Thus, the role the church leadership needs to go back to the basic call of our Lord, make disciples, feed the flock!

Once we form a more mature faith, and develop a strong sense of gratitude for the grace flowing in us, what should we do about our stewardship? How can we best respond with the goods given to our care? How much do we keep for ourselves, how much do we give away; how much is for us to play with, and how much goes to the work of the church? There are no concrete answers here; it is a call and a response of our heart and faith. We are given the general parameters from Scripture; it is up to us to figure out how to apply them. And it is the job of the pastor to preach the Word, set the example and allow the Holy Spirit to convict. Yet, this is hard for most, even me, and the source for most debates are nothing new. This subject is now, and has been very controversial. It has been a bitter debate since the formation of the early church, perhaps because most people like to do things their own way and do not like the real true Truth of the Word and the conviction of the Holy Spirit. Thus, relinquishing control, especially with their pocketbook is muted from the desires of the flesh. So, we can see all kinds of crazy teachings from every conceivable perspective. But what we need to do is see what God’s Word says, pray, and go from there.

God is not glorified when we keep for ourselves and refuse to give back.

Especially when, what we are called to be using His resources to model and promote the Word of Christ and the service of those around us and the world. Too many Christians have bought into the consumer-driven culture and the megalomaniac and prideful pastors who lead so many astray. Such atrocious rebels of God call and Word, seemed to be blessed. But in fact, their reward is worldly and not eternal. And the ‘blesser’ is not the God of the Bible. And the sums of money they received was supposed to go to outreach and missions, doing as Christ called in the Gospels, helping the poor, not helping the rich. Thus, the spire away from maturity continues to fall. The Christian community has become greedy for selfish reasons and too selfish to give. While insisting that only their needs be met, unconcerned with what are the real need for the community and the call we all have. Then the local church with good pastors suffers from this, as their people tend to sit back and do little and give little.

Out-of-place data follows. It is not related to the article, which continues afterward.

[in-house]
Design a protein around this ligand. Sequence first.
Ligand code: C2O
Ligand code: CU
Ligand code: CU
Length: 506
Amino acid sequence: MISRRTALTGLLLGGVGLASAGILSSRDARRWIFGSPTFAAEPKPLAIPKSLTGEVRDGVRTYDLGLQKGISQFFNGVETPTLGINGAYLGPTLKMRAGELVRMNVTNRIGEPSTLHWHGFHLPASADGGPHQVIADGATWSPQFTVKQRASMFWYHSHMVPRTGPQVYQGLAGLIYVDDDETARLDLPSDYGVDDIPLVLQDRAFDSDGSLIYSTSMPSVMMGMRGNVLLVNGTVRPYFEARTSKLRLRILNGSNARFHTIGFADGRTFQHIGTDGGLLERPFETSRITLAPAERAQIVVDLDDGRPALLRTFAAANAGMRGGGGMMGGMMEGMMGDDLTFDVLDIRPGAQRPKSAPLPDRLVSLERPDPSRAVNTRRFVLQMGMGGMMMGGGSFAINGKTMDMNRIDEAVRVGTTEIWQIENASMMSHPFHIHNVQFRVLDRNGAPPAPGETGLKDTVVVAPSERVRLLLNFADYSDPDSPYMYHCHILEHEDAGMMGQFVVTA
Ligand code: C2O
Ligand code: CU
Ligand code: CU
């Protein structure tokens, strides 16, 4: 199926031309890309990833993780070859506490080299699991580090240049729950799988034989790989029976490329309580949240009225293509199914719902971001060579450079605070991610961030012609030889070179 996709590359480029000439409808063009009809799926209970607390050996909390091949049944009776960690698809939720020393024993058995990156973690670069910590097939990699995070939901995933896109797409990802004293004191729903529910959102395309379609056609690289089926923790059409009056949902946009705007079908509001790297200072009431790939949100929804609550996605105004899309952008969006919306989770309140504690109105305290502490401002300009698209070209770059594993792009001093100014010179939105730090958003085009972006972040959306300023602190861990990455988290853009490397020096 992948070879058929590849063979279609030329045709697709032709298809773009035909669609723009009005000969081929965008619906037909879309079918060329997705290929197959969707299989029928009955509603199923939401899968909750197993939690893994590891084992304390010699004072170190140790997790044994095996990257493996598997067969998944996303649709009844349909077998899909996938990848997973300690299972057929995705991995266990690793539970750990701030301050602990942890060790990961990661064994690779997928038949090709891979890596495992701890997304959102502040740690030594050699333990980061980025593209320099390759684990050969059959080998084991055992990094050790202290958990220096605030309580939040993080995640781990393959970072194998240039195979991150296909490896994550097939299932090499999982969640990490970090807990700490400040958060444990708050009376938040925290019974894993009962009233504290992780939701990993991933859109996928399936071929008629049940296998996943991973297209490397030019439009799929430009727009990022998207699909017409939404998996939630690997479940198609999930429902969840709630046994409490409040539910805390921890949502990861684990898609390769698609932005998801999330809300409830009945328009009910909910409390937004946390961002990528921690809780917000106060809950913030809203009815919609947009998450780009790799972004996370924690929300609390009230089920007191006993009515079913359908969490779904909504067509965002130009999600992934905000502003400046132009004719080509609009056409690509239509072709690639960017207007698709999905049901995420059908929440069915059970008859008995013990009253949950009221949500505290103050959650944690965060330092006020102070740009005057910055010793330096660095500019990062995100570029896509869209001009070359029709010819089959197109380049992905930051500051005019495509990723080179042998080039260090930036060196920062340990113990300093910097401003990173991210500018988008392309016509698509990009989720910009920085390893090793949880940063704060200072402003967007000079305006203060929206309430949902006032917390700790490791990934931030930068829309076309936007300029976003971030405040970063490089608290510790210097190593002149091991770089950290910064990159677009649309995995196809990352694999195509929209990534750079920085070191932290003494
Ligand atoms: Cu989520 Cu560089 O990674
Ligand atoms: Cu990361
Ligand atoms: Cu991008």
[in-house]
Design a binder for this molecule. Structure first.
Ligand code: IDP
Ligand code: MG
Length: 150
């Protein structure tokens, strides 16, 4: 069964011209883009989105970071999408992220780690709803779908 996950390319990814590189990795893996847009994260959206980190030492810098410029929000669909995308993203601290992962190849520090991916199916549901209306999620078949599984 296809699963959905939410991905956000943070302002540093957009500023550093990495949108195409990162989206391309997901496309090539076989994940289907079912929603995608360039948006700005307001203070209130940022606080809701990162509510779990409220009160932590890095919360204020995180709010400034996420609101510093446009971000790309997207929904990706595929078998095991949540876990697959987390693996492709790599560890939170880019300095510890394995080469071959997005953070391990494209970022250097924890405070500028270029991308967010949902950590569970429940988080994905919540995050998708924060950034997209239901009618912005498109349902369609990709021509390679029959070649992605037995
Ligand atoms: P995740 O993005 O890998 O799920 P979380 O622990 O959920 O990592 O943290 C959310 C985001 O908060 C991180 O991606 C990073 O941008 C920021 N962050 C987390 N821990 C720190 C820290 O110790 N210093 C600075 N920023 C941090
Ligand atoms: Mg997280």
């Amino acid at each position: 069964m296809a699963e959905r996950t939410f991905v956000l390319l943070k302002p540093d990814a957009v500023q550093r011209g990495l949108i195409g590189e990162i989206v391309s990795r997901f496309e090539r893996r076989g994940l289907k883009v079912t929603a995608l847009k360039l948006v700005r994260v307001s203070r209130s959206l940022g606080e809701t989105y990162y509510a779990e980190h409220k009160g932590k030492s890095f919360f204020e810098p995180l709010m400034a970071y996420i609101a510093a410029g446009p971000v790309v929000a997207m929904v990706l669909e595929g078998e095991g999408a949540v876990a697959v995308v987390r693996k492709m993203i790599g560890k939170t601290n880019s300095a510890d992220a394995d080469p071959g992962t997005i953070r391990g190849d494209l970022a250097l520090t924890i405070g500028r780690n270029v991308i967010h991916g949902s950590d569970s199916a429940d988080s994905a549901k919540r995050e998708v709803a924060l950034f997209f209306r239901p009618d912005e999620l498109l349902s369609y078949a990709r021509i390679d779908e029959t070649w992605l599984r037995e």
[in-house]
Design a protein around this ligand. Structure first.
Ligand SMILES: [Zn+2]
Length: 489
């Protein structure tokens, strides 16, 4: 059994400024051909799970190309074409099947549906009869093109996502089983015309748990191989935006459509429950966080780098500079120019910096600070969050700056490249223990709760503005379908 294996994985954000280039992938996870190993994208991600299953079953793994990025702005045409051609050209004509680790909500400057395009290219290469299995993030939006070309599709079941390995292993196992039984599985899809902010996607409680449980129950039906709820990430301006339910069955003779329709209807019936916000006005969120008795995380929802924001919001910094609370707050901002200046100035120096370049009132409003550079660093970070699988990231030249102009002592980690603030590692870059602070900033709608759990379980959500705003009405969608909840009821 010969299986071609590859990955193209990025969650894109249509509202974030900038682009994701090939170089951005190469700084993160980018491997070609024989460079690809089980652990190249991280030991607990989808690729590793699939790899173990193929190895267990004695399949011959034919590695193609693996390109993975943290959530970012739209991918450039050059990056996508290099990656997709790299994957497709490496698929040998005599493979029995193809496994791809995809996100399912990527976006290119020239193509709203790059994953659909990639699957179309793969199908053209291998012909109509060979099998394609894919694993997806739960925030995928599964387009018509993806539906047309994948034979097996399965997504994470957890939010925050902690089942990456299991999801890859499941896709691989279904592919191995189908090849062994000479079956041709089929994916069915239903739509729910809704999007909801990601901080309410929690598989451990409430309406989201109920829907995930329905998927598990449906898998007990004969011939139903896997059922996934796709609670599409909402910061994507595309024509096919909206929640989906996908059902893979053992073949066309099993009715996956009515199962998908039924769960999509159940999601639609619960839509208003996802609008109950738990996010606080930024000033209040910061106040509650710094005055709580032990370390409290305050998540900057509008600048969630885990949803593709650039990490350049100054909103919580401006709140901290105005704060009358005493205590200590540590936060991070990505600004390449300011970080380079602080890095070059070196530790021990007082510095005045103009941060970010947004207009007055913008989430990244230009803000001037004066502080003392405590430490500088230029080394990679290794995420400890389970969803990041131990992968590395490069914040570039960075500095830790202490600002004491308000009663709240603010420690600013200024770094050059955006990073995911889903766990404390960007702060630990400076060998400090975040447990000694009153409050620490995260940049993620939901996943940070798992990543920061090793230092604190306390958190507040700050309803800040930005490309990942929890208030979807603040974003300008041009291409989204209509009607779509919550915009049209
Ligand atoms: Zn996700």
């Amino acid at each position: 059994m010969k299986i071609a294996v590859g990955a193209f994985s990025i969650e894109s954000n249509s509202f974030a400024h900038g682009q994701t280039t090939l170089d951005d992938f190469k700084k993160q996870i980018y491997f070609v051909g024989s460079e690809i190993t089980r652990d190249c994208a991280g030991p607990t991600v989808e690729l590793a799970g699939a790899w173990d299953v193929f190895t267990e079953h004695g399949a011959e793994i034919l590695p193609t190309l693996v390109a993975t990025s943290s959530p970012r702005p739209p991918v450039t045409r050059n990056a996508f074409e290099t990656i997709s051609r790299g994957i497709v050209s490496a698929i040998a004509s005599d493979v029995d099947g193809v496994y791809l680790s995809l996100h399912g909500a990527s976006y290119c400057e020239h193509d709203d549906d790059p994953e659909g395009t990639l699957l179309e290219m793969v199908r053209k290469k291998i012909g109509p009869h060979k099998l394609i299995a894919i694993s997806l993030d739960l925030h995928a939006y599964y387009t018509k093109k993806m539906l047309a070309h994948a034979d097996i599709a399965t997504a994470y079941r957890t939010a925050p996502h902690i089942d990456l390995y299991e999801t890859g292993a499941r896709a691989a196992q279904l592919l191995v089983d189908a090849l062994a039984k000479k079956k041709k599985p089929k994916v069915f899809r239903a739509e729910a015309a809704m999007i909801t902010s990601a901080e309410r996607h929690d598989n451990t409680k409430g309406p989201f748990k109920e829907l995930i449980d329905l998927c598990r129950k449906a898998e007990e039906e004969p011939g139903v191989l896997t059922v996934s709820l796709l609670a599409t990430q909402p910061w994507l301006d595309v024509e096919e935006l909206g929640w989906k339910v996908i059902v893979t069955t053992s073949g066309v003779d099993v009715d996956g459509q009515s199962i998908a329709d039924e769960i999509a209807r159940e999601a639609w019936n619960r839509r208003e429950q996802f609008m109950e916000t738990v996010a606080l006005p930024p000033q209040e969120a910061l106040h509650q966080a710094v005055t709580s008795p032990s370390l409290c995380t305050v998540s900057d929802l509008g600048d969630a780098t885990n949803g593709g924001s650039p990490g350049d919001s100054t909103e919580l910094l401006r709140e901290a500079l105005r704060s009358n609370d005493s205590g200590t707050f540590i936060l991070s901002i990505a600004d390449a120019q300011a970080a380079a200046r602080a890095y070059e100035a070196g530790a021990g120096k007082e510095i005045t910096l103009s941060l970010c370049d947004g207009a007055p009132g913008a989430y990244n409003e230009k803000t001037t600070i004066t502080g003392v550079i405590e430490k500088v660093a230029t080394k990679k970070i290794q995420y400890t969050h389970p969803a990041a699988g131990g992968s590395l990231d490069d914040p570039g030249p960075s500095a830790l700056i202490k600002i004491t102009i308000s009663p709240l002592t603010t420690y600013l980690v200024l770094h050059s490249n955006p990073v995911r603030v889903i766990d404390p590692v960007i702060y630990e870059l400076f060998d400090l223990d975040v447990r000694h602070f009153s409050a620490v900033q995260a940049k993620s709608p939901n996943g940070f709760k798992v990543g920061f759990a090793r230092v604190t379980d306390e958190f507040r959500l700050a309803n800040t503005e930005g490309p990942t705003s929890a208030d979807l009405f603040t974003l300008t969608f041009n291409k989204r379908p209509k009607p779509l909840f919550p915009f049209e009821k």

To turn this around will take revival, that begins with real prayer and the teaching of the Word and the silencing of the nonsense that is out there in the pulpit and the weak Christian’s heart.

To begin, the church leadership starts with a recommitment to the faith. To surrender to Christ’s Lordship and publicly repent. Now they have maturity and gratitude. Then, form the vision and follow through to know our Lord and teach His precepts wholeheartedly, Who is Christ and what He has done. And also have seminars on family budgeting and money management. So, the people have the maturity and gratitude and are in the know. Then, teach and model the joy of giving and what stewardship is about. Then, model it regularly by all the church leaders and have testimonies about giving sacrificially and transformed lives. Then, teach how to give. Then, after the previous steps are made, ask people to give, who are now growing in the faith. Now you have a church where there is ample giving and one that is willing and able to roll on its call.